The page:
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GreenYellow, CEB to construct 13MW solar power in Mauritius

MAURITIUS – GreenYellow Indian Ocean, the subsidiary of the French company GreenYellow, has signed an agreement with the Central Electricity Board (CEB), the entity that manages electricity in Mauritius.

The agreement covers the construction of a 13.86 MW solar photovoltaic power plant in Arsenal.

The solar park will be built in Arsenal, a town in the north of the island. The facility will have a capacity of 13.86 MWp, making it one of the largest installations of its kind on the island.

GreenYellow Indian Ocean plans to deliver the solar plant in 2023. The park will then be able to produce 22 GWh of electricity per year, which will diversify Mauritius’ electricity mix.

Moreover, the CEB places this project within the framework of the Mauritian government’s strategy to produce 60% of its electricity from renewable sources.

Currently, Mauritius has an installed capacity of 876 MW, of which 498 MW is produced by CEB and the rest by independent power producers (IPPs).

Most of the electricity consumed in Mauritius is generated by oil and coal-fired power plants according to the CEB. The country also has hydroelectric facilities capable of producing 60 MW, or 4% of its electricity mix.

To reduce its dependence on fossil fuels, the CEB recently launched a tender for the construction of two 140 MWp solar photovoltaic plants with storage. These projects will be developed entirely by independent power producers (IPPs) in order to connect the future plants to the national grid of Mauritius.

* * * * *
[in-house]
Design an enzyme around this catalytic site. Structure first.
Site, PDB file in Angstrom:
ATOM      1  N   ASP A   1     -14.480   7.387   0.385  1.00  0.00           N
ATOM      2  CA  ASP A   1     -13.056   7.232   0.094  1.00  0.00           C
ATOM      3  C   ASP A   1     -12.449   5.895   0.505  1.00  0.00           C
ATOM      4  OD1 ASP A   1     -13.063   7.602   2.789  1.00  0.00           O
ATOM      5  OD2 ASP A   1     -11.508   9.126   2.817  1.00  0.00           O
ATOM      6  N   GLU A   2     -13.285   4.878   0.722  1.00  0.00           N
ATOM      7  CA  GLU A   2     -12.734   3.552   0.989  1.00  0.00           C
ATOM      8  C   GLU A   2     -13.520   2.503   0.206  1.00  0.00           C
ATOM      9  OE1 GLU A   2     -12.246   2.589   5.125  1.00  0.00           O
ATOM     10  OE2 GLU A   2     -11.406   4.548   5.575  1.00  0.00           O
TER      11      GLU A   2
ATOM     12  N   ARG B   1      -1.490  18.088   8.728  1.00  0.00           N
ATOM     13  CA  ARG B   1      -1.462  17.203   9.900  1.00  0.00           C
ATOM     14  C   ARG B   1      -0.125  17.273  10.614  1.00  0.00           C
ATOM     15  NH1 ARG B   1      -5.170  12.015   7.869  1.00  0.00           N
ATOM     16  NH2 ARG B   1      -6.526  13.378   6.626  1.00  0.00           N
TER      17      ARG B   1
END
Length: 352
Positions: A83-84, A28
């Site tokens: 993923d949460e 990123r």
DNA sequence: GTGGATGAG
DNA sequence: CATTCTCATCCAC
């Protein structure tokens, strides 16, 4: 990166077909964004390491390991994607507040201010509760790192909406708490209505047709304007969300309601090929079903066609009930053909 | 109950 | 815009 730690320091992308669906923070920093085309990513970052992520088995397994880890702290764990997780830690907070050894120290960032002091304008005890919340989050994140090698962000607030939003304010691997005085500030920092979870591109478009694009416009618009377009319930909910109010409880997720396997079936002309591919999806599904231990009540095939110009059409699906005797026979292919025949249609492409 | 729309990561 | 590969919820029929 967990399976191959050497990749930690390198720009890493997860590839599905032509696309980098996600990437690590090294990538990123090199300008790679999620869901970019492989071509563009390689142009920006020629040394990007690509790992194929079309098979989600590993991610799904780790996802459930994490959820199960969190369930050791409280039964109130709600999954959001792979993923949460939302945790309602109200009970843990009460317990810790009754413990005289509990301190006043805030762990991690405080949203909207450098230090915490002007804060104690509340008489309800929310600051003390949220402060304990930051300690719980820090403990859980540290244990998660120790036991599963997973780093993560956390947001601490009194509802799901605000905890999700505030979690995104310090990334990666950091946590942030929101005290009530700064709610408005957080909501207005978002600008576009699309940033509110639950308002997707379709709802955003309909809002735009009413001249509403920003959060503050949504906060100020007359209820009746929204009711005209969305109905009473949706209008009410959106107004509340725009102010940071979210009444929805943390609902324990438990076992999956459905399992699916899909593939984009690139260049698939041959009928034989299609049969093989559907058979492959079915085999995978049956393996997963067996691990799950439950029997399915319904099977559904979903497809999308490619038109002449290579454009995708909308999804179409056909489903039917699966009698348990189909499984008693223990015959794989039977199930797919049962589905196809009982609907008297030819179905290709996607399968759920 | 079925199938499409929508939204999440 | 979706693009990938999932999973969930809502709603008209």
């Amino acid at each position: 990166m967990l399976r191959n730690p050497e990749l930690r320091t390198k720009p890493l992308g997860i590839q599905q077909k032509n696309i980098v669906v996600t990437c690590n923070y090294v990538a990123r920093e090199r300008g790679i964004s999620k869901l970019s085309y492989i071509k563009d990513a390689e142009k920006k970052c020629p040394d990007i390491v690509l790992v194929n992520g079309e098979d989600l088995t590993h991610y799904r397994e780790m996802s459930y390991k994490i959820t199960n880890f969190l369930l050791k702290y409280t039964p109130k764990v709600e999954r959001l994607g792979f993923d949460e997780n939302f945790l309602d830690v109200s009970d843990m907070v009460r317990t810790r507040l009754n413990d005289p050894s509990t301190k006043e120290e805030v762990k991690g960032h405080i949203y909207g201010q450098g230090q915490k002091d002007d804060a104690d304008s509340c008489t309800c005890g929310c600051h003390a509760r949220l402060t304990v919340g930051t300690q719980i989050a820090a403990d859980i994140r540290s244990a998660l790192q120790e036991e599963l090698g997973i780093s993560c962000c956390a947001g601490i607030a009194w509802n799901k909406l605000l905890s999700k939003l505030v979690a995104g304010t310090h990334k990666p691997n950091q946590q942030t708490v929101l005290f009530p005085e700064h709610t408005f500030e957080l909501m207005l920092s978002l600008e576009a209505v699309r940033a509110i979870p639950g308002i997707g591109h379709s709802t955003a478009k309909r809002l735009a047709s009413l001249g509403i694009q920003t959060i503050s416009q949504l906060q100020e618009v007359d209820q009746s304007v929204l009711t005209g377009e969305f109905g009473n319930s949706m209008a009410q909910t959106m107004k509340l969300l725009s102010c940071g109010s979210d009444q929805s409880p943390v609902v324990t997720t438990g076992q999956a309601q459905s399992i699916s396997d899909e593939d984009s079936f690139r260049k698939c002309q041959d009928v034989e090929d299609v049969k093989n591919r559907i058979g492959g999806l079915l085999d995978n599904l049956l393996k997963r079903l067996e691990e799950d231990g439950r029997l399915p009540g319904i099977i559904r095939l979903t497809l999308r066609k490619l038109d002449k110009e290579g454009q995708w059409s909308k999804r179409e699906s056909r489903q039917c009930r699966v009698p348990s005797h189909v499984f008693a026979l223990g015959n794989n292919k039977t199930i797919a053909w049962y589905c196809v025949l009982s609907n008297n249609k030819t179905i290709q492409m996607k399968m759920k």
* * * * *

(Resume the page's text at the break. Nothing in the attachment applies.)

In February this year, GreenYellow commissioned a 1.4 MW hybrid solar power plant in Madagascar, in partnership with Axian Group. The plant provides electricity to the population of Morondava.

The two companies, operating through the joint venture Green Energy Solutions (GES Madagascar), are successfully completing the implementation of an electrification project in the west of the island.

The project has resulted in the construction of a solar photovoltaic power plant, equipped with diesel generators that take over after sunset.

The plant provides electricity to the people and businesses of this city of 100,000 inhabitants. According to GreenYellow, the new facility will boost the local economy, which has grown through fishing, especially of shellfish, as well as the cultivation of rice, corn, cassava, cotton and sugar by Chinese producers.

The company, led by Christian Cachat, is currently installing mobile power generation units in Ambokatra, the main quarry that supplies building materials in Madagascar. The installations, which will have a capacity of 148 kWp, will be backed up by 600 kW diesel generators. This electricity will be sold under a 7-year contract to Colas Madagascar, the subsidiary of the French group Bouygues.

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